Qatar has links to its friends cut in a tiff

Iran ties gall Sunni neigh­bours

The Star Early Edition - - BUSINESS REPORT / INTERNATIONAL - Glen Carey and Zaid Sabah

SAUDI Ara­bia and three other Arab coun­tries cut off most diplo­matic and eco­nomic ties to Qatar, in an un­prece­dented move de­signed to pun­ish one of the re­gion’s fi­nan­cial su­per­pow­ers for its ties with Iran and Is­lamist groups in the re­gion.

Oil gained and Qatari stocks plunged after Saudi Ara­bia, Bahrain, the United Arab Emi­rates (UAE) and Egypt said they will sus­pend air and sea travel to and from the Gulf emi­rate. Saudi Ara­bia will also shut land cross­ings with its neigh­bour, po­ten­tially de­priv­ing the emi­rate of im­ports through its only land bor­der.

Qatar called the ac­cu­sa­tions “base­less” and said they were part of a plan to “im­pose guardian­ship on the state, which in it­self is a vi­o­la­tion of sovereignty.”

Qatar is one of the world’s rich­est coun­tries and of strate­gic im­por­tance, be­ing the big­gest pro­ducer of liq­ue­fied nat­u­ral gas. A coun­try with a pop­u­la­tion smaller than Hous­ton, its $335 bil­lion (R4.28 tril­lion) sovereign wealth fund holds stakes in com­pa­nies from Bar­clays and Credit Suisse Group. It also hosts the for­ward head­quar­ters of Cent­com, the US mil­i­tary’s cen­tral com­mand in the Mid­dle East.

Em­bold­ened by warmer US ties un­der Pres­i­dent Don­ald Trump, the Saudi-led al­liance is seek­ing to stamp out any op­po­si­tion to form­ing a united front against Shi­ite-ruled Iran. And while yes­ter­day’s es­ca­la­tion is un­likely to hurt en­ergy ex­ports from the Gulf, it threat­ens to have far-reach­ing ef­fects on Qatar.

“There are go­ing to be im­pli­ca­tions for peo­ple, for trav­ellers, for busi­ness peo­ple. More than that, it brings the geopo­lit­i­cal risks into per­spec­tive,” No­mura As­set Man­age­ment Mid­dle East chief ex­ec­u­tive Tarek Fad­lal­lah said.

Brent crude rose as much as 1.6 per­cent to $50.74 a bar­rel on the Lon­don-based ICE Fu­tures Europe ex­change, be­fore par­ing gains to 0.4 per­cent at 8.34am in Lon­don.

Height­ened ten­sions be­tween Saudi Ara­bia, the world’s big­gest crude ex­porter, and Iran typ­i­cally draw mar­ket at­ten­tion to the Strait of Hor­muz, through which the US Depart­ment of En­ergy es­ti­mates about 30 per­cent of the seaborne oil trade passes.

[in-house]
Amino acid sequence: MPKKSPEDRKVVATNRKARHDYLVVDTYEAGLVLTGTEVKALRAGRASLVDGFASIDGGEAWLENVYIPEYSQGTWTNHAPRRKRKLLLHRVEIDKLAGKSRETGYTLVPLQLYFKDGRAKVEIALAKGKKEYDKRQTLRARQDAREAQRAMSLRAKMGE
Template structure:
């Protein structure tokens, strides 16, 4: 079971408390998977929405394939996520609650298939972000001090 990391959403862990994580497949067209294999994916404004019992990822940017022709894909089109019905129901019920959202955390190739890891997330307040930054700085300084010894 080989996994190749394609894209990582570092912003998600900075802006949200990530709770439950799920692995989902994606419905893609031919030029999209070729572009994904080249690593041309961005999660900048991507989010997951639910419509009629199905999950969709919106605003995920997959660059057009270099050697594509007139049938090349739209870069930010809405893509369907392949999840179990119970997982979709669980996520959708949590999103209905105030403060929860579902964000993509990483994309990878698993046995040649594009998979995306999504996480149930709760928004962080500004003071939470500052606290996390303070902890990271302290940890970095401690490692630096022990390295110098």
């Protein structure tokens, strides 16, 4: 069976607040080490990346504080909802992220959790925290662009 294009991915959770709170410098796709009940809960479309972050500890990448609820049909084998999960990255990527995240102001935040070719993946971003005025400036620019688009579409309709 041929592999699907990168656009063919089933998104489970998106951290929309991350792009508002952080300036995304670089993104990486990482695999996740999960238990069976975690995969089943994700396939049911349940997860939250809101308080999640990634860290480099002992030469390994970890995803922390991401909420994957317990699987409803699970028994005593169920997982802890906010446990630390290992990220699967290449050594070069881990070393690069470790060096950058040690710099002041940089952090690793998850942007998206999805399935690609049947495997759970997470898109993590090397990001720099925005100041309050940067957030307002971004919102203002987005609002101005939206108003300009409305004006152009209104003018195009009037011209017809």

US al­lies

Qatar’s QE In­dex for stocks tum­bled 8 per­cent, the most since 2009 at 10.13am in Doha. Dubai’s bench­mark in­dex fell 1.2 per­cent.

The five coun­tries in­volved in the dis­pute are US al­lies, and Qatar has com­mit­ted $35bn to in­vest in US as­sets. The Qatar In­vest­ment Author­ity, the coun­try’s sovereign wealth fund, plans to open an of­fice in the Sil­i­con Valley.

US Sec­re­tary of State Rex Tiller­son said it was im­por­tant that the Gulf states re­main uni­fied and en­cour­aged the var­i­ous par­ties to ad­dress their dif­fer­ences. Speak­ing at a news con­fer­ence in Syd­ney, Tiller­son said the cri­sis would not un­der­mine the fight on ter­ror­ism.

“What we’re see­ing is a grow­ing list of some ir­ri­tants in the re­gion that have been there for some time,” Tiller­son said. “Ob­vi­ously they’ve now bub­bled up to a level that coun­tries de­cided they needed to take ac­tion in an ef­fort to have those dif­fer­ences ad­dressed.”

Yes­ter­day’s ac­tion is an es­ca­la­tion of a cri­sis that started shortly after Trump’s last month trip to Saudi Ara­bia, where he and King Sal­man sin­gled out Iran as the world’s main spon­sor of ter­ror­ism.

Three days after Trump left Riyadh, the state-run Qatar News Agency car­ried com­ments by Qatari ruler Sheikh Tamim bin Ha­mad Al Thani crit­i­cis­ing mount­ing anti-Iran sen­ti­ment. Of­fi­cials quickly deleted the com­ments, blamed them on hack­ers and ap­pealed for calm.

Saudi and UAE me­dia out­lets then launched ver­bal as­saults against Qatar, which in­ten­si­fied after Sheikh Tamim’s phone call with Ira­nian Pres­i­dent Has­san Rouhani over the week­end in ap­par­ent de­fi­ance of Saudi crit­i­cism.

“Qatar is right in the mid­dle of the Gulf Co-op­er­a­tion Coun­cil (GCC) coun­tries and it has tried to pur­sue an in­de­pen­dent for­eign pol­icy,” said Peter Slu­glett, direc­tor of the Mid­dle East In­sti­tute of the Na­tional Univer­sity of Sin­ga­pore. “The idea is to bring Qatar to heel.”

Past Cri­sis

Dis­agree­ments among the six GCC mem­bers have flared in the past, and ten­sions with Qatar could be traced to the mid-1990s when Al Jazeera tele­vi­sion was launched from Doha, pro­vid­ing a plat­form for Arab dis­si­dents to crit­i­cise au­to­cratic gov­ern­ments in the re­gion ex­cept Qatar’s.

It also played a key role in sup­port­ing anti-regime move­ments dur­ing the Arab Spring, act­ing against Saudi and UAE in­ter­ests by bankrolling the Mus­lim Brother­hood’s gov­ern­ment in Egypt. Qatar also hosts mem­bers of Ha­mas’s ex­iled lead­er­ship and main­tains ties with Iran.

In 2014, Saudi Ara­bia, the UAE and Bahrain tem­po­rar­ily with­drew their am­bas­sadors from Qatar. That dis­pute cen­tred on Egypt fol­low­ing the army-led ouster of Is­lamist Pres­i­dent Mo­hamed Mursi.

This time, Saudi Ara­bia cited Qatar’s sup­port of “ter­ror­ist groups aim­ing to desta­bilise the re­gion,” including the Mus­lim Brother­hood, Is­lamic State and al-Qaeda. It ac­cused Qatar of sup­port­ing “Ira­nian-backed ter­ror­ist groups” op­er­at­ing in the king­dom’s east­ern prov­ince as well as Bahrain.

Saudi Ara­bia, Bahrain and the UAE, gave Qatari diplo­mats 48 hours to leave. – Bloomberg

PHOTO: AP

Saudi King Sal­man bin Ab­du­laziz Al Saud, left, talks to Sheikh Mo­hammed bin Zayed Al Nahyan, Abu Dhabi’s Crown Prince in Jed­dah, Saudi Ara­bia. Four Arab na­tions cut diplo­matic ties to Qatar early yes­ter­day, deep­en­ing a rift among Gulf Arab na­tions.

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